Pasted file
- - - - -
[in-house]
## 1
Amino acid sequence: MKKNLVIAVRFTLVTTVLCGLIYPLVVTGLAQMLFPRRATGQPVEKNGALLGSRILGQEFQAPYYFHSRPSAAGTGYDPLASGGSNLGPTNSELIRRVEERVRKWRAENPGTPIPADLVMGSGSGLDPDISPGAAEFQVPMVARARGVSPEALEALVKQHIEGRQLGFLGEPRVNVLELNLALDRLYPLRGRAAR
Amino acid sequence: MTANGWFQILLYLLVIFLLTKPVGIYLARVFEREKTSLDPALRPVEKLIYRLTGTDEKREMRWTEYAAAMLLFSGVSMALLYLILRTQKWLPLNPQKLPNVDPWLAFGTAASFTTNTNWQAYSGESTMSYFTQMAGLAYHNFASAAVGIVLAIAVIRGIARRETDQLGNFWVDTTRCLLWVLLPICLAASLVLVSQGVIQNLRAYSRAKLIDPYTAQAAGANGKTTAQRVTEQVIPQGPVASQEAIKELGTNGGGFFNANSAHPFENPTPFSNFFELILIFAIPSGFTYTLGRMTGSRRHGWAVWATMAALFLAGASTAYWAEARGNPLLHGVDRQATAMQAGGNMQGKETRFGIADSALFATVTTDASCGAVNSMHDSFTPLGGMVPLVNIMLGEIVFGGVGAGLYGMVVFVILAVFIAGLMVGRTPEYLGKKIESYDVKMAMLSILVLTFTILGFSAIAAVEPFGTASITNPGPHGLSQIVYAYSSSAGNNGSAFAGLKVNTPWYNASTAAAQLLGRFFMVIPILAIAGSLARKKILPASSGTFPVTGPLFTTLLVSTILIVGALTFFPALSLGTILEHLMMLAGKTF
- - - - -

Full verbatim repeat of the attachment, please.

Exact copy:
[in-house]
## 1
Amino acid sequence: MKKNLVIAVRFTLVTTVLCGLIYPLVVTGLAQMLFPRRATGQPVEKNGALLGSRILGQEFQAPYYFHSRPSAAGTGYDPLASGGSNLGPTNSELIRRVEERVRKWRAENPGTPIPADLVMGSGSGLDPDISPGAAEFQVPMVARARGVSPEALEALVKQHIEGRQLGFLGEPRVNVLELNLALDRLYPLRGRAAR
Amino acid sequence: MTANGWFQILLYLLVIFLLTKPVGIYLARVFEREKTSLDPALRPVEKLIYRLTGTDEKREMRWTEYAAAMLLFSGVSMALLYLILRTQKWLPLNPQKLPNVDPWLAFGTAASFTTNTNWQAYSGESTMSYFTQMAGLAYHNFASAAVGIVLAIAVIRGIARRETDQLGNFWVDTTRCLLWVLLPICLAASLVLVSQGVIQNLRAYSRAKLIDPYTAQAAGANGKTTAQRVTEQVIPQGPVASQEAIKELGTNGGGFFNANSAHPFENPTPFSNFFELILIFAIPSGFTYTLGRMTGSRRHGWAVWATMAALFLAGASTAYWAEARGNPLLHGVDRQATAMQAGGNMQGKETRFGIADSALFATVTTDASCGAVNSMHDSFTPLGGMVPLVNIMLGEIVFGGVGAGLYGMVVFVILAVFIAGLMVGRTPEYLGKKIESYDVKMAMLSILVLTFTILGFSAIAAVEPFGTASITNPGPHGLSQIVYAYSSSAGNNGSAFAGLKVNTPWYNASTAAAQLLGRFFMVIPILAIAGSLARKKILPASSGTFPVTGPLFTTLLVSTILIVGALTFFPALSLGTILEHLMMLAGKTF